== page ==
T Q&A 

Bryan Sanders

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On Saturday, March 19, Donald Trump’s campaign held a political rally here in Tucson at the Tucson Convention Center. That afternoon at the rally, Tucsonan Bryan Sanders was assaulted by a Trump supporter while he attempted to peaceably protest the event. In the hours after the event, videos of the incident, blogs, articles and rumors flooded the internet. Now, in retrospect, Sanders spoke to the Weekly about what happened.


Can you tell me in your own words what happened?

I went initially to document the event. My initial thought was to go down there and interview people and see what the atmosphere is actually like. Going in, I was a Trump opponent. I oppose his policies on just about everything. I am not trying to portray that I was going down there as a journalist, but I did go down there to document it, see what it was like, and then, you know, protest against his xenophobia, his racism. The atmosphere outside the event was extremely intense … I decided to go inside the convention center and see what the atmosphere is actually like in there. I went in through the front door. I’ve been accused of sneaking in all sorts of interesting ways, but I just walked in like everybody else. I had a ticket. I was never asked for my ticket. I got through security and immediately protesters start getting thrown out.  It’s a very intense situation. It’s a mix of banality … and then this kind of underlying “us versus them” feeling.I decided to pull out my poster. The poster has a picture… of the confederate flag superimposed on Donald Trump’s face and at the bottom it says “Bad for America” in really big letters. It took about a minute or so for people to start noticing it. Some people started yelling “Trump, Trump, Trump” because that’s what they were instructed to do at the beginning of the rally. After a while, I started yelling “liar” at Trump. And now, all hell kind of breaks lose. Security shows up and I immediately start to leave. I don’t resist leaving. I get walked up the stairs. People were yelling. I get up to this landing and this guy I had never seen before in my life stepped up from the right, he grabbed the sign out of my hands and ripped it up, he grabbed my hand and pulled me closer to him and sucker punched me. He hit me a couple more times and when I went down he kicked me in the back and kicked me in the ribs. Some people were cheering. Some people were still yelling “Trump.”

I woke up the next day and I was kind of trending.What do you think of the media coverage that followed?

I think the mainstream media got the story almost 100 percent correct … but the internet backlash was a lesson in modern troll philosophy. You know, people immediately started lying about everything they saw in the video. Donald Trump himself went on the George Stephanopoulos show and lied about me and said that I was a “professional agitator.” He said that I had dragged an American flag on the ground. He said that I had worn a KKK mask and that I must have verbally assaulted the guy before he hit me. He said I must have been paid by the Bernie Sanders campaign. All of these were lies. The next morning after the event, half a dozen right-wing blogs spewed the exact same lie, never with any evidence at all, simply repeating what Trump himself had said that morning. I’m not being paid by any campaign. I’ve never talked to anyone from any campaign.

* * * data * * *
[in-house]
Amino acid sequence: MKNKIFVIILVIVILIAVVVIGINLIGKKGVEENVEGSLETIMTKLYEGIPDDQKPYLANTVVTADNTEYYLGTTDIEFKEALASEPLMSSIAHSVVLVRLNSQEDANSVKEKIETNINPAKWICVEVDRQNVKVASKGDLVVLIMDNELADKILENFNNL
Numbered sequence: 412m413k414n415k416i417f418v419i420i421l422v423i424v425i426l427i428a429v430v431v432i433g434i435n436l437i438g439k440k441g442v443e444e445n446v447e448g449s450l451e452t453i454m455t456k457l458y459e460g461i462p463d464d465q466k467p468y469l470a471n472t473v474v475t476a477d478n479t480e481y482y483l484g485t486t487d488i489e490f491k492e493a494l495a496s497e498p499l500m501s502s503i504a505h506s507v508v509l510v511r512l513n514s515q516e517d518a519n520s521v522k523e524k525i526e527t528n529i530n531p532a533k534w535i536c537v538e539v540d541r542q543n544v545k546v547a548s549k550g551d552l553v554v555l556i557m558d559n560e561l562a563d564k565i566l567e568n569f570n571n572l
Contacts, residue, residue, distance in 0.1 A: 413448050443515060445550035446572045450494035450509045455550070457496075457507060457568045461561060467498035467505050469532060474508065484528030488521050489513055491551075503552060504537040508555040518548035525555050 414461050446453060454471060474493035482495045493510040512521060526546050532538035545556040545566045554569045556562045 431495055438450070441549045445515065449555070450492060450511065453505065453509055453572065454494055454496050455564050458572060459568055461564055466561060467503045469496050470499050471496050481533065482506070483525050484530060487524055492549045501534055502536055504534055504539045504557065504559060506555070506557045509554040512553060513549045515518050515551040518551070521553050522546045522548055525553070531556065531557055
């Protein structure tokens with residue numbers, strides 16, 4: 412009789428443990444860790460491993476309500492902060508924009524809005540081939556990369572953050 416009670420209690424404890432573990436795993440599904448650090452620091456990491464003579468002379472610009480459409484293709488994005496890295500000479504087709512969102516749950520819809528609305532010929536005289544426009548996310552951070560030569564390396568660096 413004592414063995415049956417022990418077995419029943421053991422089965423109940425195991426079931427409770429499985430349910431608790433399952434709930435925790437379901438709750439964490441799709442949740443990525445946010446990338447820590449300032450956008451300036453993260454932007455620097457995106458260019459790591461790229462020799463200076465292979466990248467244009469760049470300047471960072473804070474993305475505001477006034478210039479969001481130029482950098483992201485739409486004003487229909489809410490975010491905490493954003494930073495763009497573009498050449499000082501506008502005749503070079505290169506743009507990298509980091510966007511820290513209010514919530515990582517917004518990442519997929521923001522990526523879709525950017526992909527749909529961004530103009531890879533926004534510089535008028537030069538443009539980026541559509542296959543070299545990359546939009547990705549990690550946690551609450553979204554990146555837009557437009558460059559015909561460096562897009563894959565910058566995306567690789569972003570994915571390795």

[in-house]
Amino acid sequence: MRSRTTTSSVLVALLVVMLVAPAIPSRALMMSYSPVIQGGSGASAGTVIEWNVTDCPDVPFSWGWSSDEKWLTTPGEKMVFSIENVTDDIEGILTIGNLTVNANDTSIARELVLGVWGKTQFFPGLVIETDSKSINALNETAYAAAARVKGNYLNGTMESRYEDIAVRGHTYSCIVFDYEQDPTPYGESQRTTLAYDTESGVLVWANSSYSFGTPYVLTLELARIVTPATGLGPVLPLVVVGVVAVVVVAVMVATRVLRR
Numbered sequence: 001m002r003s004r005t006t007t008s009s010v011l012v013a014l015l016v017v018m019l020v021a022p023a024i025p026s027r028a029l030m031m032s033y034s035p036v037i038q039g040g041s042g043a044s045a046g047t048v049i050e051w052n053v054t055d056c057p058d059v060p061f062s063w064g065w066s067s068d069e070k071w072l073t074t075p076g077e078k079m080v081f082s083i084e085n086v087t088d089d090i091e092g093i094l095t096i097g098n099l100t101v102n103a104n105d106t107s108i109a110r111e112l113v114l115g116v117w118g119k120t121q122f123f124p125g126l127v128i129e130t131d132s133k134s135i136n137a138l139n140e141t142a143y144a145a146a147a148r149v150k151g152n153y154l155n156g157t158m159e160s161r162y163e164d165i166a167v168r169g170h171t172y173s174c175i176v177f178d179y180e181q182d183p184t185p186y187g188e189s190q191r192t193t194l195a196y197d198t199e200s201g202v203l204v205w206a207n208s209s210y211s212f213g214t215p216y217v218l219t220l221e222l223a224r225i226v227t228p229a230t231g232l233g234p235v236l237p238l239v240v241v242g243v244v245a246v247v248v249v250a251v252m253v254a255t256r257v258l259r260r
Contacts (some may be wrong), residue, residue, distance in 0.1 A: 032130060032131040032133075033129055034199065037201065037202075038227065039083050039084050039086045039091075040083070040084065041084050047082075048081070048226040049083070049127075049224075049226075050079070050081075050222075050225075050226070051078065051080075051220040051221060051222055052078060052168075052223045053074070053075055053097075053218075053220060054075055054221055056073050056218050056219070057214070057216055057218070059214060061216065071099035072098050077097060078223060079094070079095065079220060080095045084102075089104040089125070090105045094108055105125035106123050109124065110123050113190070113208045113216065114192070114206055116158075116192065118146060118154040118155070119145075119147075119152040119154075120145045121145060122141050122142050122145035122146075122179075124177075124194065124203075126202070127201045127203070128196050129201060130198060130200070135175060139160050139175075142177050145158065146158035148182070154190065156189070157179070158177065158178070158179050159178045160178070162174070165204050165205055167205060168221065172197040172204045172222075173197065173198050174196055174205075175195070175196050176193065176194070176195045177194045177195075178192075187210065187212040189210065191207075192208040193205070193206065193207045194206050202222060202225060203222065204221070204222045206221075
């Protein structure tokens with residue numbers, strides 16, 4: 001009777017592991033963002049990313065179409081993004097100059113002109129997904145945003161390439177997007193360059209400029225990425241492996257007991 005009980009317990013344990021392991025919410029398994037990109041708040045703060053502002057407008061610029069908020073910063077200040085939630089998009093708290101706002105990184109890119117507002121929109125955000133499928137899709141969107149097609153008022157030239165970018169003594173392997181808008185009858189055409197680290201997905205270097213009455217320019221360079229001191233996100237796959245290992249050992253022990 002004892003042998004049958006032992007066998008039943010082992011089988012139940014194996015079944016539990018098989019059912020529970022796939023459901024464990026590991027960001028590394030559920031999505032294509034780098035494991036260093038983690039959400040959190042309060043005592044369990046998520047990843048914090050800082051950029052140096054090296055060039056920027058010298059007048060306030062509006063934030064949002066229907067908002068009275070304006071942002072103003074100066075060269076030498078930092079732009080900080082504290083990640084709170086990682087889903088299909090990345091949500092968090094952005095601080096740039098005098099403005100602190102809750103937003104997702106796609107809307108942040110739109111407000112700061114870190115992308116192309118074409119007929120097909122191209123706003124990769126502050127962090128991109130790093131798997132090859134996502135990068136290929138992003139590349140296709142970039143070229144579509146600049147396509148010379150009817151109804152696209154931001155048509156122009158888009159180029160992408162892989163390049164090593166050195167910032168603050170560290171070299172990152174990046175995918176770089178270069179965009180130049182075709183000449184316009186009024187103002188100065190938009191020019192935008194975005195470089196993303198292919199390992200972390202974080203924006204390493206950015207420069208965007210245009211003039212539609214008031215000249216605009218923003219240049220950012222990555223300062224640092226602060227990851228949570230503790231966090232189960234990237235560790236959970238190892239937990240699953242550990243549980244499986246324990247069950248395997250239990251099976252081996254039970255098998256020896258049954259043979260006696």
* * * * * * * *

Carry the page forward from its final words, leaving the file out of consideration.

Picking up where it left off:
A lot of people need to look up the history of free speech and what it actually means. The United States Air Force, who employ the man who assaulted me, released a statement two days after the incident. It was a wonderful distillation of what I am arguing: “We believe wholeheartedly in our fellow American’s right to express their views on political issues and we strongly condemn any attempt to silence those views through force or violence.”

Do you consider yourself an activist?

It’s hard to look at it now and say “no” to that question, but that Saturday when I woke up I certainly wasn’t. I am a politically inclined dude. I am not going to shy away from speaking my mind about Trump and about the dangerous direction he is trying to steer the country. So if that’s an activist, I guess so. Sometimes you just wake up and everything has changed.


What else has changed for you?

There’s a high level of paranoia the first couple of weeks. There is a combination of factors. You’re dealing with being assaulted which is really difficult in itself. It kind of destroys your whole sense of safety. Also, because this was a hugely public event that went viral, you’re dealing with being thrust immediately under the glare of the internet. So I guess I’ve grown a tougher skin.

I think all these assaults at his rallies and the fear that a lot of people have about what his presidency would be mean has really woken people up to the importance of being involved actively, not just voting but actually doing something. It’s amazing how seriously people are taking this election. And they should be. There is a lot on the line.

It’s not enough for us to de-friend everyone who likes Trump on Facebook, stop talking to people who like Trump, make fun of people who like Trump. It’s not enough.

It’s not going to do anything but divide us even further. That’s what he wants. It plays right into his profile … Trump supporters are good people. There’s a mentality within the rallies that is ugly and violent and scary, but those people are good people. I firmly believe that. The last thing I want to do is just to preach to people who already agree with me.


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